Protests are mounting against the unfortunate TLC reality show My Husband’s Not Gay, airing this Sunday. The special describes itself as following “four men living in Salt Lake City, Utah, who don’t identify themselves as homosexual despite having an attraction to men.”
Almost immediately after the program’s teaser was released in December, the protests began. Change.org has launched a petition that, as of this afternoon, had garnered 67,900 e-signatures. “I’m urging you to cancel your upcoming special, My Husband’s Not Gay, which promotes the false message that gay people can and should choose to be straight in order to be part of their faith communities,” begins the petition.
Meanwhile, the co-hosts of The Young Turks freely share their opinions. The female host is hyper-critical of the men’s wives, whom she sees as exploiting their husbands and forcing them to conceal their homosexual identity. (This point about secrecy is sorely undermined by the families’ apparent agreement to tell their stories on national television.)
“. . . for a woman who . . . knows that her husband is gay and that he’s forcing a heterosexual relationship, well then you’re stupid. You really shouldn’t enable that.”
But the Young Turks are missing a key component of the subject matter here, which is that these women and their gay husbands have been taught to not even have “gay” as a category. There’s a third option between open-mindedness and stupidity, which is church-sanctioned denial. These women can say with a straight face that their husbands find men sexually attractive but are not gay, because that’s what they truly believe.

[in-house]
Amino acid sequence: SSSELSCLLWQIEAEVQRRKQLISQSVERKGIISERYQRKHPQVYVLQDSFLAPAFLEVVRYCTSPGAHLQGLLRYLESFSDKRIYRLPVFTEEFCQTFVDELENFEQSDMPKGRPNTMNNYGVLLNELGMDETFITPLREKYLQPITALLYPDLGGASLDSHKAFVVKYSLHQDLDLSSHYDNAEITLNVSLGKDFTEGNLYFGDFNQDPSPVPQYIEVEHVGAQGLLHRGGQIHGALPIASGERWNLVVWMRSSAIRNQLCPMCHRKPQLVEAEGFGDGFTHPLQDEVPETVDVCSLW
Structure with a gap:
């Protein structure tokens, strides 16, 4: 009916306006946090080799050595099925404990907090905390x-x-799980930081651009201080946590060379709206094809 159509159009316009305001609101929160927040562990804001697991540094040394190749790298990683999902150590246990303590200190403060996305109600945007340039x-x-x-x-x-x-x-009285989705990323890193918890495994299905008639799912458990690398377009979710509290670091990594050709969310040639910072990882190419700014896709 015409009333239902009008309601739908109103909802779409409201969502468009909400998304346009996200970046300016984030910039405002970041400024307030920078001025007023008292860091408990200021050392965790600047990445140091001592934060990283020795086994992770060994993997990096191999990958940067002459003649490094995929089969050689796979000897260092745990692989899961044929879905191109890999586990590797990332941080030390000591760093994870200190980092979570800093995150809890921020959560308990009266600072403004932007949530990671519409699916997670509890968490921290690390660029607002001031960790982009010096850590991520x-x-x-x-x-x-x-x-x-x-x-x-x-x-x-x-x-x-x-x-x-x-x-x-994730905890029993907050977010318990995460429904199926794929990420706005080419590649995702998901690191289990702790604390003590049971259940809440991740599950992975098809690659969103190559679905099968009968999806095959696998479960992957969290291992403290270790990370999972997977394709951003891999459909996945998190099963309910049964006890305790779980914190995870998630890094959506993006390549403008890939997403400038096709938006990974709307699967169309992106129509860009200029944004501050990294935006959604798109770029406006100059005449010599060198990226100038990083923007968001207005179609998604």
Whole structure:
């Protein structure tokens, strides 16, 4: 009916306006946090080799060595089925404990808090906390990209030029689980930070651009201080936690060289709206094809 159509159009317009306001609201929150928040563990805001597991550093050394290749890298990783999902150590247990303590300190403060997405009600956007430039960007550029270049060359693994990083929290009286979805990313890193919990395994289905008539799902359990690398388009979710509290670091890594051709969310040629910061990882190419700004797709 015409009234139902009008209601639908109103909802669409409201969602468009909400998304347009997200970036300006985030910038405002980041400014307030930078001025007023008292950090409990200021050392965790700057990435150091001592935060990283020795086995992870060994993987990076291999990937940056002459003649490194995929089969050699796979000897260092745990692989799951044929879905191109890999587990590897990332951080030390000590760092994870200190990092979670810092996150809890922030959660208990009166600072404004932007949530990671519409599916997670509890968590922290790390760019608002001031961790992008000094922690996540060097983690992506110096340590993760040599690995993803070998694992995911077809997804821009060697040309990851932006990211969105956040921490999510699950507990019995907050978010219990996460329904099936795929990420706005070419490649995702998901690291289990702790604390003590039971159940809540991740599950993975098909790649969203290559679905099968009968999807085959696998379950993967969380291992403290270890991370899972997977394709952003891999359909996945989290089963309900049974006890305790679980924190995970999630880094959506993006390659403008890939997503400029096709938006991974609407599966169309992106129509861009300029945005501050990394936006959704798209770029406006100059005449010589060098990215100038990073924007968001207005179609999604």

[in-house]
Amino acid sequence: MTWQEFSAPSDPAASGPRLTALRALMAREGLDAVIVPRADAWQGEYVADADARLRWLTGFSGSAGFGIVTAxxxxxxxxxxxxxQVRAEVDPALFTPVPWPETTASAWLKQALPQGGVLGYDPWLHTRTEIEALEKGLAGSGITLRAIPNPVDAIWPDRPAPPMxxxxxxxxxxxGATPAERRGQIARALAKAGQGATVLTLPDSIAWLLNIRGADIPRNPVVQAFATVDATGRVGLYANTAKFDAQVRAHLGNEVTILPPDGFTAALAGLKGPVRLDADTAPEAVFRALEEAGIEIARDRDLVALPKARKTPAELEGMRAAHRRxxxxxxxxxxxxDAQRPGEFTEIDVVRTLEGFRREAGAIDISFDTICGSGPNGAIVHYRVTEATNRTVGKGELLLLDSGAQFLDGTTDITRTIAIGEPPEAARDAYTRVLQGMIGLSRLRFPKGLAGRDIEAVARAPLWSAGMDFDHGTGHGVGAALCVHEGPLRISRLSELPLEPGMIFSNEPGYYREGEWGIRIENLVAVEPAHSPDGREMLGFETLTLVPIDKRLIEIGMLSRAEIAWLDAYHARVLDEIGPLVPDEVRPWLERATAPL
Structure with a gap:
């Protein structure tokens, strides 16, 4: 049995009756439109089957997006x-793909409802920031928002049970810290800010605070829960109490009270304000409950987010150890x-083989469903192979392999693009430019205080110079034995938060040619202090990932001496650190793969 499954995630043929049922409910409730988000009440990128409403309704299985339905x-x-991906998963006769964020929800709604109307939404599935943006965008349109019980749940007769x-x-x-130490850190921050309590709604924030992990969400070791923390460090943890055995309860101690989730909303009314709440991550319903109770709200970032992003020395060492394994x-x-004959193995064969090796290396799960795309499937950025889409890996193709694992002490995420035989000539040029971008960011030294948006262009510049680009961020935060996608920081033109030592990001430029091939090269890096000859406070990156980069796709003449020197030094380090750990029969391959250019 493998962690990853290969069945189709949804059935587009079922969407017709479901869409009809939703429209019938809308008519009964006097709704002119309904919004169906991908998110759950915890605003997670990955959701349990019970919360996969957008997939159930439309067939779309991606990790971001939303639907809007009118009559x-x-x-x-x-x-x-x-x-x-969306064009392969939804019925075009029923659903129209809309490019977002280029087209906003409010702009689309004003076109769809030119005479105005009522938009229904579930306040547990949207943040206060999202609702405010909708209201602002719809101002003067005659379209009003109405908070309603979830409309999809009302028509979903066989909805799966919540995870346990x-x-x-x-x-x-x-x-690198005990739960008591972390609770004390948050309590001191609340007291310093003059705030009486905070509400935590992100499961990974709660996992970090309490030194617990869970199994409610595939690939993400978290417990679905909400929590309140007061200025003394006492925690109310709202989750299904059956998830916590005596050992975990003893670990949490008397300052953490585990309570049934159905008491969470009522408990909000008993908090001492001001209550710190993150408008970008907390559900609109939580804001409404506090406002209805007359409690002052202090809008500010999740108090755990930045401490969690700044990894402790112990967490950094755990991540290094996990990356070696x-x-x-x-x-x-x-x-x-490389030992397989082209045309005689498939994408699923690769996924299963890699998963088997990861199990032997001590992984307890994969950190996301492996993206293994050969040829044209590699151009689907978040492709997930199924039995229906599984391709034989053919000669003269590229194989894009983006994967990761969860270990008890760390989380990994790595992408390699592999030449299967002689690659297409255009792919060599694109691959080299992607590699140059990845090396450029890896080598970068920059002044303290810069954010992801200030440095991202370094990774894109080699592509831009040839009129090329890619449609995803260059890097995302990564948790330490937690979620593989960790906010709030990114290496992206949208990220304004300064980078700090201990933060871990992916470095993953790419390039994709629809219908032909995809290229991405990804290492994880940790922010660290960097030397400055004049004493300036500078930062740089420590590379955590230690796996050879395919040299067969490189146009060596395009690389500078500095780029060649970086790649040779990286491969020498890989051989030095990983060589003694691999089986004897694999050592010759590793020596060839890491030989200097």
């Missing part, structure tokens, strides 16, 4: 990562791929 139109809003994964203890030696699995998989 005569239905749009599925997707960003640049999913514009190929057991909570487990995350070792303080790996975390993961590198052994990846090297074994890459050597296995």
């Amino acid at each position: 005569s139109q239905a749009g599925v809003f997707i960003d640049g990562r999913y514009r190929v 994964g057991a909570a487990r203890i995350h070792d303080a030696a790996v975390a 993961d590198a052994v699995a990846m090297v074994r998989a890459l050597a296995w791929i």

There is room now for same-sex attraction in the LDS Church—“a struggle to be overcome!” —but there is not yet room for a homosexual identity.
This insistence on homosexuality being a struggle to overcome can lead to tragic consequences when LGBT young people find that, in fact, they can’t overcome it. Suicide and homelessness are realities for too many LGBT Mormon youth.
And when the denial of a person’s sexual identity leads to the extreme measure of taking on a “straight” marriage in order to remain fully in the fold, it is, ironically, damaging to the family, the very institution that the LDS Church claims to be defending.
As a Mormon I’ve known three women who married men they later learned were gay; one of those women, the writer and poet Carol Lynn Pearson, wrote the beautiful memoir Good-Bye, I Love You: The True Story of a Wife, Her Homosexual Husband, and a Love Honored for Time and All Eternity.
Her family’s heartbreak occurred in the mid-1970s, when Mormon men were told in no uncertain terms that homosexuality was “an ugly sin . . . degenerate . . . revolting . . . [and] unnatural,” in the words of then-apostle Spencer W. Kimball. Men who were attracted to other men were taught to marry women to conquer those urges.
It’s safe to say that the Church as an institution has quietly stopped telling gay men to marry women, so we can count that as a small win compared to 40 years ago. Instead, LGBT Mormons are now the religion’s only people to be steered toward a celibate life—forever.
But while the Church as an institution is no longer pushing gay people into heterosexual marriage as a “cure,” some individual Mormons who are trying to be faithful to the gospel are still embracing that dubious solution—hence the TLC show.
I didn’t sign the petition because I haven’t seen the program. I suspect it will be critical, even mocking, of these families’ choices rather than “promoting” them, which the petition seems to assume. Mormons who watch the show may cry foul at the way our religion is portrayed, and indeed it could well be entirely one-dimensional—it was reality television, after all, that brought us such gems as Amish in the City. The throwback music and old-fashioned ice skating depicted in the trailer for My Husband’s Not Gay do not bode well for a nuanced portrait of our faith.
However, I expect that Mormon discomfort with the program will also stem from a sinking realization that these couples’ lives—and, more sadly, their children’s—are constructed on a cracked foundation.
And this is a fracture that the Church has encouraged—either in actual policy, as in Pearson’s day, or in ethos, as in ours. If any good comes from this unfortunate reality show, perhaps it will be in putting a human face on the problem.